Why should anyone have to endure this experience for a job that doesn't require driving?
A review of career portals at a dozen major transit systems in America’s largest cities shows that two-thirds require driver’s licenses for jobs that do not require driving. This is especially true for so-called “front-line” positions, or jobs outside of the central administrative office, but applies across the board. For instance, San Francisco’s MTA “Planner,” New York’s MTA “Associate, Operations Analyst,” and Houston’s Metro “Electronic Farebox Technician” job openings all require driver’s licenses.
Why do agencies whose mission it is to provide alternatives to driving limit job access for applicants who don’t drive? Transit agencies across the country are experiencing widespread hiring difficulties, yet they continue to winnow applicant pools through an arbitrary requirement that seem to directly contradict their own goals. Some defend the practice on grounds that valid licenses may signal responsibility to employers. But what are the consequences of using a driver’s license as a proxy for employability?
The percentage of Americans with a driver’s license has been dropping for every age bracket under 70 for decades. Young adults and people of color are leading the trend. Between 1983 and 2014, every age bracket below 34 years old saw a double digit drop in driver’s licenses. People of color in all age brackets are less likely to have a driver’s license. According to the Employment and Training Institute, while 75% of white 18-year-olds had driver’s licenses, only 34% of African Americans and 33% of Hispanic 18-year-olds held one.
People with low incomes may also be disproportionately burdened by this requirement. Many states suspend driver’s licenses from those who fail to pay fines, even for infractions as small as broken tail light violations. Lack of disposable income is the top-cited reason for failing to pay fines on time. A recent study found “that rates of license suspensions from failing to pay fines or appear in court were strongly correlated with poverty indicators. Similar correlations were found across racial groups. Of California ZIP codes where Black Americans account for more than a fifth of the population, 95 percent recorded license suspension rates exceeding the state average.” Texas alone has 1.8 million suspended driver’s licenses at any point and in California over 17% of the state’s adult population has a suspended license.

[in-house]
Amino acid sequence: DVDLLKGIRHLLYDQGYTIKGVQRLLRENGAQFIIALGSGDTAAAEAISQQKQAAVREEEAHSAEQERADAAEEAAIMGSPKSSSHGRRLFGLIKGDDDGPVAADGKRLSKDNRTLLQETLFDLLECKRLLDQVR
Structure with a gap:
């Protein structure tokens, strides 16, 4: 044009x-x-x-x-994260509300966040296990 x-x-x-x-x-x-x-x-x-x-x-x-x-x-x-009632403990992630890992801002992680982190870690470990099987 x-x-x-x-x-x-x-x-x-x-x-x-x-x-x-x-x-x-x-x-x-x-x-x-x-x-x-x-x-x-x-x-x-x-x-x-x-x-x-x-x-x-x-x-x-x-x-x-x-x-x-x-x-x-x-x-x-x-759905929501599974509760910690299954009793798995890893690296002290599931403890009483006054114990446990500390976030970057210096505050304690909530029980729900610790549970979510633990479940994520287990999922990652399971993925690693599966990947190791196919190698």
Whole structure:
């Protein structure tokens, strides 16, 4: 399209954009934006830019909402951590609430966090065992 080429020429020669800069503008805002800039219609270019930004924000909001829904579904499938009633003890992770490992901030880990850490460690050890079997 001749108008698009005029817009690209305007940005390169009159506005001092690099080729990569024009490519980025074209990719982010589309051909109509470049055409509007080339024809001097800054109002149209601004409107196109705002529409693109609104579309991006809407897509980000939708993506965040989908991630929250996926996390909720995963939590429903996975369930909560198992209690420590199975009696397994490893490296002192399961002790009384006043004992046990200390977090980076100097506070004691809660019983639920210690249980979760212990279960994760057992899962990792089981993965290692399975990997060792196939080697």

Eliminating a driver’s license requirement for jobs that do not require driving would make it easier for transit agencies to enlist staff from a wide range of backgrounds. Hiring people who ride transit may also make staff more personally invested in building good transit.
In our discussions with Human Resources Managers at transit agencies across the country, some readily acknowledged that they are looking to move away from the requirement. One HR manager whose organization eliminated the requirement was surprised to hear that other agencies still maintain these requirements. Concerns were raised internally at his agency years ago about the potential of lawsuits on discrimination grounds. “As long as we make clear our expectations and that the job entails several different sites around the city, why would it matter if the new hire gets to them by car, transit, Uber, or even if a friend drives them?” he asked.
The experience of being a WMATA rider has substantially improved over the last 18 months, thanks to changes the agency has made like adding off-peak service and simplifying fares. Things are about to get even better with the launch of all-door boarding later this fall, overnight bus service on some lines starting in December, and an ambitious plan to redesign the Metrobus network. But all of this could go away by July 1, 2024.Read More
TransitCenter’s new report, “People First” examines the current challenges facing public sector human resources that limit hiring and retention, and outlines potential solutions to rethink this critical agency function.Read More